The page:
Management? It's Not What You Think!


A lot of things have been said about management over the years: that it’s an art, not a science; that it’s a science, filled with “best practices” and systematic steps anyone can use to get great results; that it’s the fuel that powers successful organizations. Only one thing is for sure: there is no one, easy definition of whatever it is that managers do!

Henry Mintzberg, one of today’s most respected and controversial thinkers on management, has joined forces with other ...

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A lot of things have been said about management over the years: that it’s an art, not a science; that it’s a science, filled with “best practices” and systematic steps anyone can use to get great results; that it’s the fuel that powers successful organizations. Only one thing is for sure: there is no one, easy definition of whatever it is that managers do!

Henry Mintzberg, one of today’s most respected and controversial thinkers on management, has joined forces with other leading business figures to provide a provocative and unusual mix of writing on management. Management? It’s Not What You Think! gets readers thinking as they never have before about the practice of management. Readers will find differing perspectives—and plenty of food for thought—on topics including management terminology and buzz words; myths and maxims; MBAs; management fads; leadership; strategy; and much more.

Presenting articles, book and journal excerpts, letters, web selections, and musings, these pieces will have readers pondering, laughing, and sometimes even crying (for poor old management itself!). This irreverent, highly relevant, and insightful book will inspire managers of all types, spark debate, and renew their passion and interest in doing what they do best… managing.

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Editorial Reviews

From the Publisher
“…collection of business nuggets…skewers jargon, game leaders and business school players, and various fads that are repackaged to become new fads." IE Industrial Engineer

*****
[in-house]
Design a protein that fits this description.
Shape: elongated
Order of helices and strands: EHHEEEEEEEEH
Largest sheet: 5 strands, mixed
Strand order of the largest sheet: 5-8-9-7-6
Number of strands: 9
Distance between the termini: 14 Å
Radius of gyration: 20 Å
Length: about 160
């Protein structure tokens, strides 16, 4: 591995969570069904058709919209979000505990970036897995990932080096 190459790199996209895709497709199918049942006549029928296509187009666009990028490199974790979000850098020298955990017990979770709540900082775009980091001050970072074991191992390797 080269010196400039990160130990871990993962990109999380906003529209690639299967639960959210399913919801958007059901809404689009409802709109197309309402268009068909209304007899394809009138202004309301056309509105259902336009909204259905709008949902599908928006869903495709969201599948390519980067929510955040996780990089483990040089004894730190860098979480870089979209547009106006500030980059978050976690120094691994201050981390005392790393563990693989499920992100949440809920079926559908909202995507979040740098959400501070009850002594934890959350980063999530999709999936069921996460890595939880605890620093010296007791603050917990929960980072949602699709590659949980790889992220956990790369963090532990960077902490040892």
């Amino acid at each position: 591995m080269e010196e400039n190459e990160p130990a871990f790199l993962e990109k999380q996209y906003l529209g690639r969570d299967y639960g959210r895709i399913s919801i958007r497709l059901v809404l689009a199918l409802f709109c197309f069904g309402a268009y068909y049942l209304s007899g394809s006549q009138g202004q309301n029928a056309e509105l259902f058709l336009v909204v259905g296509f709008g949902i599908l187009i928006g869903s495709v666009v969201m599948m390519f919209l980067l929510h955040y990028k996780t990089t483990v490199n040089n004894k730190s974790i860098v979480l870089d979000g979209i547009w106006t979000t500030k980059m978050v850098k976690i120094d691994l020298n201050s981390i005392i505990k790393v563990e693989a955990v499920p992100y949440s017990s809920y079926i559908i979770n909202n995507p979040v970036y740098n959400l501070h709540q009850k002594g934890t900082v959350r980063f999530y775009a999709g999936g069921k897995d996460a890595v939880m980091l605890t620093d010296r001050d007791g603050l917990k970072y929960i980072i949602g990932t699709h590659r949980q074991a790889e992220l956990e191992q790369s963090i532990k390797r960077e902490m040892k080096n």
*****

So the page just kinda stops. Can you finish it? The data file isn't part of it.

“It’s a collection of short, opinionated, often-funny pieces from a wide variety of sources that throws cold water on a lot of fashionable management theory with a bracing dose of reality.” —Accounting Today

"...the most down-to-earth management book that I have laid hands on...I loved it!" Advance for Medical Laboratory Professional magazine

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Product Details

  • ISBN-13: 9780814416846
  • Publisher: AMACOM Books
  • Publication date: 9/15/2010
  • Pages: 192
  • Product dimensions: 6.00 (w) x 9.10 (h) x 0.80 (d)

Meet the Author

HENRY MINTZBERG is Cleghorn Professor of Management Studies at McGill University in Montreal and the winner of awards from the most prestigious academic and practitioner institutions in management. He was ranked in the top ten in the Wall Street Journal’s list of influential business thinkers.

BRUCE AHLSTRAND is a professor of management at Trent University in Ontario.

JOSEPH LAMPEL is a professor of strategy at Cass Business School, City University London.

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Read an Excerpt

Management: is it what you think it is? And is it only about thinking?

Frederick Taylor gave us time studies a century ago; strategic planning came along a half-century later. Both have left us with the impression that management is all about thinking – systematic thinking. Well, think again a about the art and craft of managing – the seeing and the feeling and the doing, beyond the thinking and the analyzing and the planning.

This is the intention of this book: to get us all thinking again, opening up perspectives on this fascinating business of management, for managers themselves, those who work with managers, and anyone who aspires to join their ranks.

We do this through all sorts of pithy and provocative pieces. Some will make you laugh, others may make you cry (for poor old management itself).

Some will seem wacky, irrelevant, irreverent – good, they are meant to be unsettling, sometimes even to make you angry, so that the irrelevant becomes relevant and the irreverent can sometimes be revered. We’d like you to see and to feel and to do management as you have not before.